The trauma of a long Sunday lunch in France

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The trauma of a long Sunday lunch in France
Getting though a Sunday lunch in France can be traumatic for a language learner. Photo: Shutterstock"

The French are renowned for the long drawn-out Sunday lunches, which can become somewhat traumatic if your language is not up to scratch. Guest blogger Bethany Keats talks us through the mental ordeal of trying to keep up without drinking too much wine.


There is no relaxing Sunday lunch in France when you are learning French.

France’s lunches are celebrated for the way people take their time to enjoy multiple courses of food accompanied by good wine and good conversation.

But for a person still trying to master the language, every meal concludes with the mental exhaustion of sitting an exam.

A lively lunch table often has multiple conversations happening at a time. People talk to the person next to them, opposite them or talk loudly with someone down the other end of the table.

In a language you are fluent in you can often find yourself participating in one discussion while having an ear in on another, jumping from conversation to conversation. But for a learner there is capacity for one conversation and one conversation alone.

All your concentration goes to the one speaker. You absorb the words you know, roughly picking up the subject at hand. Another person gives their view and you’re confident you understand what is being discussed.

Down the other end of the table you catch some words you understand.

Your attention wavers.

You try to get back on top of the original conversation only to realise the topic has changed and you no longer know what people are talking about.

You focus even harder on the single conversation, trying to prevent any further distractions.

Suddenly you realise you understand the topic again and not only that – you have something to add to it!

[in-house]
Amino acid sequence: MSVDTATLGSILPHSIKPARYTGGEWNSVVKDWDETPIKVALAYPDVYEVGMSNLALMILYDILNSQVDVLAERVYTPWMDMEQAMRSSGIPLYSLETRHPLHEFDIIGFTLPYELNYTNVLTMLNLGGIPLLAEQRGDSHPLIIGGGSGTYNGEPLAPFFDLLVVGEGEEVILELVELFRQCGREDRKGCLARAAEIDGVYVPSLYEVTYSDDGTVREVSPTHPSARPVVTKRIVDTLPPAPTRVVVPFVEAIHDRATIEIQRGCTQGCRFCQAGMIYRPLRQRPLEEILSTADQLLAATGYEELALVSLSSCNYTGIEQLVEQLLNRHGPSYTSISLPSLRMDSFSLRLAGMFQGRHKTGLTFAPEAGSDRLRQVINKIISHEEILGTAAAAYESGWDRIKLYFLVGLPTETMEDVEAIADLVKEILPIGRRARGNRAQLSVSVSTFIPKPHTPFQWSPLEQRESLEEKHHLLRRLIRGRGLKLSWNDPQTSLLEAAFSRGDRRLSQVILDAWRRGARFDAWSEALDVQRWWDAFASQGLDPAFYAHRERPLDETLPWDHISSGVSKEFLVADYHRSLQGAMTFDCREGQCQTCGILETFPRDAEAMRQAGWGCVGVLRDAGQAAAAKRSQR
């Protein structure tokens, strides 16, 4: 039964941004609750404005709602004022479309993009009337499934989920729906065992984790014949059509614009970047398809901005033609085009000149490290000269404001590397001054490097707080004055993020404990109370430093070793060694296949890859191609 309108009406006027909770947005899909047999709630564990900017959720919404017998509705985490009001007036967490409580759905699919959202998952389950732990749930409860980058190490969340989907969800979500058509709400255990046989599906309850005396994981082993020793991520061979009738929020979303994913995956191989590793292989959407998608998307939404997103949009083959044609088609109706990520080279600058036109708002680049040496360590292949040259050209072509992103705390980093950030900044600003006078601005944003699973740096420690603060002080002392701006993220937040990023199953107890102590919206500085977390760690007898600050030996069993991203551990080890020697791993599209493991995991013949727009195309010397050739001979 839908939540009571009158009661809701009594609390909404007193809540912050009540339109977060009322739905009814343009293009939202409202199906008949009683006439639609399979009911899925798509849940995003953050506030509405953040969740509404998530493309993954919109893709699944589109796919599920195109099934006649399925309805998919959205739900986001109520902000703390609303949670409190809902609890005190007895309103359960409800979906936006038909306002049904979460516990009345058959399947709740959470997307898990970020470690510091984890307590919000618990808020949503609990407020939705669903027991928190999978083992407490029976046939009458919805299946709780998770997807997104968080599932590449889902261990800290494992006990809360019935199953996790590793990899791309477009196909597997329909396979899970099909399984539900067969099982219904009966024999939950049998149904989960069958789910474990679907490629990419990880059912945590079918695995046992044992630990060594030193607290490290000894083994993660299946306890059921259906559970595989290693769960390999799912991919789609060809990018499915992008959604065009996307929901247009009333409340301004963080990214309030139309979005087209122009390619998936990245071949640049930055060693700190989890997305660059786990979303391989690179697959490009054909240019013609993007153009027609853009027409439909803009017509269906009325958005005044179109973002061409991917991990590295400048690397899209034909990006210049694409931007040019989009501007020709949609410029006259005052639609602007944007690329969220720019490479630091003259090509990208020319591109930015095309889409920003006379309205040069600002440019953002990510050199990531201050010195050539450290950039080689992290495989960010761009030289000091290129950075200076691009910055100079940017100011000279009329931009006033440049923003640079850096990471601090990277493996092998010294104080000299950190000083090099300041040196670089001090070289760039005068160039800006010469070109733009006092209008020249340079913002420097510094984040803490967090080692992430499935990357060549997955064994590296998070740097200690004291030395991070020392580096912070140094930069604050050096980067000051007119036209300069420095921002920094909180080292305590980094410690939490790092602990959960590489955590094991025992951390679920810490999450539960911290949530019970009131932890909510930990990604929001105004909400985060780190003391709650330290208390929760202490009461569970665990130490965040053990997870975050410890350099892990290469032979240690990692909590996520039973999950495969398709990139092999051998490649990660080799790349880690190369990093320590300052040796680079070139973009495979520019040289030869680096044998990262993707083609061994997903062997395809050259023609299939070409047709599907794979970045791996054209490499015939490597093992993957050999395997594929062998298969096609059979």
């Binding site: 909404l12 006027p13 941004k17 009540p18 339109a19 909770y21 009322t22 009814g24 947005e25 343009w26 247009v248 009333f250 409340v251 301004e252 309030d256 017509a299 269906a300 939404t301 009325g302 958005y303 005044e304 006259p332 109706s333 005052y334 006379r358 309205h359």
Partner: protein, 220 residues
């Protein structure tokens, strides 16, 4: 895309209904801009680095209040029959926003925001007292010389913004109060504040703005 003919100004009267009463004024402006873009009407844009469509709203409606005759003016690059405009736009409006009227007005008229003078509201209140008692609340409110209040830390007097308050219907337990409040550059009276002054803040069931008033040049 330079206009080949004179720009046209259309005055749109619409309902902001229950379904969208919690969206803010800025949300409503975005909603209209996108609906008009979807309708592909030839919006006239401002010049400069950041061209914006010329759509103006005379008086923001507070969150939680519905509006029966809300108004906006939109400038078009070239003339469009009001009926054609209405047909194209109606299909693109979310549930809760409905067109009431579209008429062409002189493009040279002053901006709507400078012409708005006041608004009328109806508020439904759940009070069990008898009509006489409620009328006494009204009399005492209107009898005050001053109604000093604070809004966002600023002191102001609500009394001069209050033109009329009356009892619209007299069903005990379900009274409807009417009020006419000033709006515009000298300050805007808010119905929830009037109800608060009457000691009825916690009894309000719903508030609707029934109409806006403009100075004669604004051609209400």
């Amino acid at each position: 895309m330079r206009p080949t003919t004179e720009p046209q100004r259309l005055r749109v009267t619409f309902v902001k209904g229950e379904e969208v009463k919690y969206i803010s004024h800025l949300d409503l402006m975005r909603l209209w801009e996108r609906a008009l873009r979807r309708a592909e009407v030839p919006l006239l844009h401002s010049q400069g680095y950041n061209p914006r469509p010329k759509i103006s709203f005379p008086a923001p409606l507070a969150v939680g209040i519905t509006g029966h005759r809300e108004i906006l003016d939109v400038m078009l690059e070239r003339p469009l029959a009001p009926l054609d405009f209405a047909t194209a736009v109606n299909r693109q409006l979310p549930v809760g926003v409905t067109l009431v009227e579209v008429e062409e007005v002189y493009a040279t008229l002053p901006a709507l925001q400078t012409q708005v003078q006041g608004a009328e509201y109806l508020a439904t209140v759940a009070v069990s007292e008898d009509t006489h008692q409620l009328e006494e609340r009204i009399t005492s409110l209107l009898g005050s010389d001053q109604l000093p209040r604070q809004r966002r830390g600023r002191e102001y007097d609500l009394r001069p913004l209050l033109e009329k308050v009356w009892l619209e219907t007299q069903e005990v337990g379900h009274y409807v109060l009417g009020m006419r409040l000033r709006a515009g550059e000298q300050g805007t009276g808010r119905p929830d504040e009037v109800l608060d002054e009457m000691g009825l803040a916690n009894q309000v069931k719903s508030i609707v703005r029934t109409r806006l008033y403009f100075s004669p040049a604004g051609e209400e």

Your concentration is now divided again. Half your concentration is in your head, finding the right words and the correct conjugations to express yourself.

All eyes turn to you as a sentence slowly stumbles out of your mouth.

A sentence that made much more sense in your head.

There’s a vague understanding among conversation participants. Some will rephrase what you said into correct language.

You feel like such an idiot because you were completely off the mark and it’s probably sheer luck someone actually understood.

You take a sip of your wine in your awkwardness.

The glass is almost empty. Everyone else’s glass is still nearly full.

All this time they were occupied with talking and have been too busy to sip their wine.

But you haven’t been talking.

And what’s more, you have been holding on to your glass as a crutch, subconsciously taking a sip each time you felt uncomfortable – most of the past half an hour.

You guess it’s not so bad. Your French flows more freely with a bit of liquid help.

Your glass gets a top up and you now add focusing on your alcohol consumption to the list of thinks you are concentrating on.

Main course has only just been served. If you have too many glasses of wine you’ll look bad in front of your hosts and perpetuate cultural stereotypes about Australians.

Your plate empties faster than everyone else’s.

With your mouth not engaged in conversation you have been eating faster than your companions.

You find your helpful host filling your empty plate with a second helping and you consider cultural stereotypes about French women not getting fat.

During the cheese course everyone laughs. Except you.

Someone notices your blank face and suggests everyone could all speak at a slower pace so you can follow the conversation.

The joke is repeated slowly.

You still don’t laugh because you understood everything except the punchline.

By dessert you have retreated into your own thoughts.

You’re snapped out or your daydream by someone asking you a question but have no idea what they asked because you weren’t paying attention.

They assume you just didn’t understand.

Someone repeats the question in English.

It was a simple question you would have understood in French if you weren’t off with the fairies.

You return to focus on the conversation in case someone tries to bring you in again but it’s all just a sea of words by this stage.

Coffee is a relief. The caffeine boost will stimulate your brain which is fatigued from the intense concentration of the past two and a half hours.

As people start to leave the table your find a convenient moment to rise and find the nearest couch for a nap.

Australian journalist Bethany Keats, 28, divides her time between Victoria, Australia and the Var region of southern France, where her French partner's family are from. She blogs at  Youcan follow her on Twitter @bethanykeats

If you are a blogger based in France and want to share your musings on life in France with The Local's readers then send in your suggestions or posts to [email protected] 


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